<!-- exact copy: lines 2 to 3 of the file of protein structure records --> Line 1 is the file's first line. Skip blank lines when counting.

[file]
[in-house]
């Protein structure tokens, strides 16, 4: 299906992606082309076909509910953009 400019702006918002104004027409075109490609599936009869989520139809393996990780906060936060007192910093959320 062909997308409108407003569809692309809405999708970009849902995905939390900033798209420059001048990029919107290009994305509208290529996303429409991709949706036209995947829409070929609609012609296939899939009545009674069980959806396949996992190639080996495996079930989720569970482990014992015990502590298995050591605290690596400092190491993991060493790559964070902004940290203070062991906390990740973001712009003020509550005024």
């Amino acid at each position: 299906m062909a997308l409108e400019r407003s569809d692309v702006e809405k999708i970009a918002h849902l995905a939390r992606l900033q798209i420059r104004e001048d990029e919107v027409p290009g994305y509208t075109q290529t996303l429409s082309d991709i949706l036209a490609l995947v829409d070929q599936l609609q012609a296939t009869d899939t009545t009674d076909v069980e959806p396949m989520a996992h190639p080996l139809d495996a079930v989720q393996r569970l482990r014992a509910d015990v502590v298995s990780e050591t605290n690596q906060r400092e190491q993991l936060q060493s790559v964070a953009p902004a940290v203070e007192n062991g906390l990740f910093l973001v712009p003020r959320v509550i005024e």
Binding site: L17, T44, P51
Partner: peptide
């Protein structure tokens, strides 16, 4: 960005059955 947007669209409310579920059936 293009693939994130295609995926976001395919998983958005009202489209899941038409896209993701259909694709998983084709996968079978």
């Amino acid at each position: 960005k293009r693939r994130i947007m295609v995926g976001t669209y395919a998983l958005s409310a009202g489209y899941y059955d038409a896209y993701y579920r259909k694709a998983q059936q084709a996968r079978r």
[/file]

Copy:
């Protein structure tokens, strides 16, 4: 299906992606082309076909509910953009 400019702006918002104004027409075109490609599936009869989520139809393996990780906060936060007192910093959320 062909997308409108407003569809692309809405999708970009849902995905939390900033798209420059001048990029919107290009994305509208290529996303429409991709949706036209995947829409070929609609012609296939899939009545009674069980959806396949996992190639080996495996079930989720569970482990014992015990502590298995050591605290690596400092190491993991060493790559964070902004940290203070062991906390990740973001712009003020509550005024």
């Amino acid at each position: 299906m062909a997308l409108e400019r407003s569809d692309v702006e809405k999708i970009a918002h849902l995905a939390r992606l900033q798209i420059r104004e001048d990029e919107v027409p290009g994305y509208t075109q290529t996303l429409s082309d991709i949706l036209a490609l995947v829409d070929q599936l609609q012609a296939t009869d899939t009545t009674d076909v069980e959806p396949m989520a996992h190639p080996l139809d495996a079930v989720q393996r569970l482990r014992a509910d015990v502590v298995s990780e050591t605290n690596q906060r400092e190491q993991l936060q060493s790559v964070a953009p902004a940290v203070e007192n062991g906390l990740f910093l973001v712009p003020r959320v509550i005024e």